Mid-Cap: Definition, Other Sizes, Valuation Limits, and Example

What Is Mid-Cap?

Mid-cap (or mid-capitalization) is the term that is used to designate companies with a market cap (capitalization)—or market value—between $2 and $10 billion. As the name implies, a mid-cap company falls in the middle between large-cap (or big-cap) and small-cap companies. Classifications, such as large-cap, mid-cap, and small-cap are approximations of a company's current value; as such, they may change over time.

Key Takeaways

  • Mid-cap is the term given to companies with a market cap (capitalization)—or market value—between $2 billion and $10 billion.
  • For companies, some of the appealing features of mid-cap companies are that they are expected to grow and increase profits, market share. and productivity; they are in the middle of their growth curve.
  • Mid-cap stocks are useful in portfolio diversification because they provide a balance of growth and stability.


Understanding Mid-Cap

There are two main ways a company can raise capital when it's needed: through debt or equity. Debt must be paid back but can generally be borrowed at a lower rate than equity (due to tax advantages). Equity may cost more, but it does not need to be paid back in times of crisis. As a result, companies strive to strike a balance between debt and equity. This balance is referred to as a firm's capital structure. Capital structure, especially equity capital structure, can tell investors a lot about the growth prospects for a company.

One way to gain insight about a company's capital structure and market depth is by calculating its market capitalization. Companies with low market capitalization, also referred to as small-caps, have $2 billion or less in market capitalization. Large-capitalization firms have over $10 billion in market capitalization, and mid-cap firms fall somewhere in between these two categories (ranging from $2 billion to $10 billion in market capitalization). Additional categories such as mega-cap (over $200 billion), micro-cap ($50 million to $500 million) and nano-cap (less than $50 million) have been added to the spectrum of market capitalization for the sake of clarity.

For investors, a mid-cap company may be appealing because they are expected to grow and increase in profits, market share, and productivity; they are in the middle of their growth curve. Since they are still considered to be in a growth stage, they are deemed to be less risky than small-caps, but more risky than large-caps. Successful mid-cap companies run the risk of seeing their market capitalization rise, mainly due to an increase in their share prices, to the point where they fall out of the 'mid-cap' category.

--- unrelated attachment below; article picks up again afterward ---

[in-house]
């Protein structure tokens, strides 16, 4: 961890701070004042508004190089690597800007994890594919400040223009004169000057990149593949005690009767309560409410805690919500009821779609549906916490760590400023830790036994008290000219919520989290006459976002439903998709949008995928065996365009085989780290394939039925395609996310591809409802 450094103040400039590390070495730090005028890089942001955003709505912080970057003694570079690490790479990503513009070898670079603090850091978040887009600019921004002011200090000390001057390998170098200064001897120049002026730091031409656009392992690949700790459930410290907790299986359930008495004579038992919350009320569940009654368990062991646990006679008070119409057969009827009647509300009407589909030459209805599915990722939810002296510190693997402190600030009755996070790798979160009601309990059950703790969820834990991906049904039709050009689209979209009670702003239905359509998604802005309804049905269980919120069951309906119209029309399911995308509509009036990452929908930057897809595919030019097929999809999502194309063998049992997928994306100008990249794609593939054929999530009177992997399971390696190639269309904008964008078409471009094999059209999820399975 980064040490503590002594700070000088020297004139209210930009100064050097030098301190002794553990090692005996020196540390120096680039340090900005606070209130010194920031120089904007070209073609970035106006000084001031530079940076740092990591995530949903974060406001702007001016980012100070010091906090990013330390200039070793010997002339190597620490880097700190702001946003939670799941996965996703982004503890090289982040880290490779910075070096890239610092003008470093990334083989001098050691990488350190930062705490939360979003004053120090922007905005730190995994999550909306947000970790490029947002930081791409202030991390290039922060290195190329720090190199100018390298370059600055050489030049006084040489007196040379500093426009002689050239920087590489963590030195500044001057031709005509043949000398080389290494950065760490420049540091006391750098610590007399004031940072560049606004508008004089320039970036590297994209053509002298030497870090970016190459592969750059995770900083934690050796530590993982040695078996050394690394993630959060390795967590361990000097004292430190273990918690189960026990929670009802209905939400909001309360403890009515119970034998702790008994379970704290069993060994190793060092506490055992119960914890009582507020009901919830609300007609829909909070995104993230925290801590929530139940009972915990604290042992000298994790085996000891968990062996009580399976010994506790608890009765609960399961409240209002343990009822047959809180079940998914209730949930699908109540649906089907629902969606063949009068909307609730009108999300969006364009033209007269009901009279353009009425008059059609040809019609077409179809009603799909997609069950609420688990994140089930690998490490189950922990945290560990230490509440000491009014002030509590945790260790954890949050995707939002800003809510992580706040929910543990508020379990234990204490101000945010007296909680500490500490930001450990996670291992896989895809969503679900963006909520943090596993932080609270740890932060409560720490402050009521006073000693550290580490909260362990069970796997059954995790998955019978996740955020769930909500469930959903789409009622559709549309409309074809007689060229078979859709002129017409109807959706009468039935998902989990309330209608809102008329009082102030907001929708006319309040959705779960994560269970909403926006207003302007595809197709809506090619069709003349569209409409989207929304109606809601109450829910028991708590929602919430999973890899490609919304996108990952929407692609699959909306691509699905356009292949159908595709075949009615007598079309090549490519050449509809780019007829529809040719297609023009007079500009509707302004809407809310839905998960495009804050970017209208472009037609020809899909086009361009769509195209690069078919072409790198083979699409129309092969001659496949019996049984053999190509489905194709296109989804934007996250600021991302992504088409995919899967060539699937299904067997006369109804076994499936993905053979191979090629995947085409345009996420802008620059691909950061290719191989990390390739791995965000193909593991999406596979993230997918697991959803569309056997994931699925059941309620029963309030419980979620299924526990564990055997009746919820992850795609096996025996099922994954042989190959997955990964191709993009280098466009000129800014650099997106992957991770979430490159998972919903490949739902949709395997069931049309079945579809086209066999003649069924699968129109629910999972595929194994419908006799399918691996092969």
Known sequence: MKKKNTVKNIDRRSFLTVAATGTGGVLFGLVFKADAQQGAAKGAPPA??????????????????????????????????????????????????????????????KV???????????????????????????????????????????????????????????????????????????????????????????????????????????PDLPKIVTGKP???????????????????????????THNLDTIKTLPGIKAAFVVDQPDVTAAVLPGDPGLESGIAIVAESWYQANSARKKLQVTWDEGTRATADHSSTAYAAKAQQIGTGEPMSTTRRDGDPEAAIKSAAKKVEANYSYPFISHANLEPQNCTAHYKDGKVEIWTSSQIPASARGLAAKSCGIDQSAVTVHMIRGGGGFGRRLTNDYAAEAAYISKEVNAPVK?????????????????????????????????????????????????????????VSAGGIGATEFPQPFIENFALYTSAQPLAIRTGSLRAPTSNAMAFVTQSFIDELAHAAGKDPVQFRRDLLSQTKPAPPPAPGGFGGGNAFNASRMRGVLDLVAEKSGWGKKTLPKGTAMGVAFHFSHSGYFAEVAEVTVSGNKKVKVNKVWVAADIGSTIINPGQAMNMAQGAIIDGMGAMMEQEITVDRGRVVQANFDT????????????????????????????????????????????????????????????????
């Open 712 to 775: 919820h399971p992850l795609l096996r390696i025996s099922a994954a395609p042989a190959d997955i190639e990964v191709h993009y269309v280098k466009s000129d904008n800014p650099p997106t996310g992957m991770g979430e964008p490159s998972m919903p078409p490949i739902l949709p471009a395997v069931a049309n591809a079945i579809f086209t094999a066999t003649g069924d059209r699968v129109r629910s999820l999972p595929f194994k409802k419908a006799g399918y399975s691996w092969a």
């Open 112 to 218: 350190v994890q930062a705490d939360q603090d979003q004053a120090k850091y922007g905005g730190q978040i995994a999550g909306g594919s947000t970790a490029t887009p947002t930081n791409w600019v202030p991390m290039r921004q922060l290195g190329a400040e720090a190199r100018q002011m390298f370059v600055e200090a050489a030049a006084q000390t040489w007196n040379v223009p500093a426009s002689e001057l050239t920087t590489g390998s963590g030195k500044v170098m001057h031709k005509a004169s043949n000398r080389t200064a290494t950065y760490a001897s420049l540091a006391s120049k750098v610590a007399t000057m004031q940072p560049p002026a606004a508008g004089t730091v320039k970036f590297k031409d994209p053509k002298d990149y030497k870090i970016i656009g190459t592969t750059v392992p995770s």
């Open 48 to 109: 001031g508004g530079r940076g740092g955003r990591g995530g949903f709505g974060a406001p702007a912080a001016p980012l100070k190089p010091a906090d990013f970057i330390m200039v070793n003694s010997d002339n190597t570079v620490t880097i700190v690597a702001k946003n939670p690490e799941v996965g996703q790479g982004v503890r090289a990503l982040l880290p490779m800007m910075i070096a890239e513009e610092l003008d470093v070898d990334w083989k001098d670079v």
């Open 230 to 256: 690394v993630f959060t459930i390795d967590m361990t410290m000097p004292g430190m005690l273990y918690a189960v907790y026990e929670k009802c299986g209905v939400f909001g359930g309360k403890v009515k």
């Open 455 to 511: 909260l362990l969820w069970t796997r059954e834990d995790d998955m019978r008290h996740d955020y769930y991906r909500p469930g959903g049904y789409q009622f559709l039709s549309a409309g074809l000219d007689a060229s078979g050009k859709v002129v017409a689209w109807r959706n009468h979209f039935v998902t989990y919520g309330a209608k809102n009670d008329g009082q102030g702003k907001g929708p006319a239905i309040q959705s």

While a company's market cap depends on market price, a company with a stock priced above $10 is not necessarily a mid-cap stock. To calculate market capitalization, analysts multiply the current market price by the current number of shares outstanding. For example, if company A has 10 billion shares outstanding at a price of $1, it has a market capitalization of $10 billion. If company B has one billion shares outstanding at a price of $5, company B has a market capitalization of $5 billion. Even though company A has a lower stock price, it has a higher market capitalization than company B. Company B may have the higher stock price, but it has one-tenth of the shares outstanding.

Advantages of Mid-Caps

Most financial advisors suggest that the key to minimizing risk is a well-diversified portfolio; investors should have a mix of small-, mid- and large-cap stocks. However, some investors see mid-cap stocks as a way to diversify risk, as well. Small-cap stocks offer the most growth potential, but that growth comes with the most risk. Large-cap stocks offer the most stability, but they offer lower growth prospects. Mid-cap stocks represent a hybrid of the two, providing a balance of growth and stability.

No one can accurately predict when the market will favor a specific kind of company, whether it’s a large-, mid- or small-cap. So it’s important to diversify your portfolio, as we mentioned above. But the percentage of mid-caps that you’ll want to invest in depends on your specific goals and risk tolerance.

However, there are many advantages to mid-cap companies that investors may want to consider. When interest rates are low and capital is cheap, corporate growth is generally stable. Mid-cap companies typically can get the credit they need in order to grow, and they do well during the expansion part of the business cycle.

Mid-caps are not as risky as small-cap companies, which means they tend to do relatively well financially during times of economic turbulence. In addition, many mid-caps are well known, are often focused on one specific business, and have been around long enough to make a niche in their target market. And finally, because they are riskier than large caps, they may have a higher return, which could be more appealing to a less risk averse investor's bottom line. 

Investor's can either buy a mid-cap company's stock directly or buy a mid-cap mutual fund—an investment vehicle that focuses on mid-cap companies.

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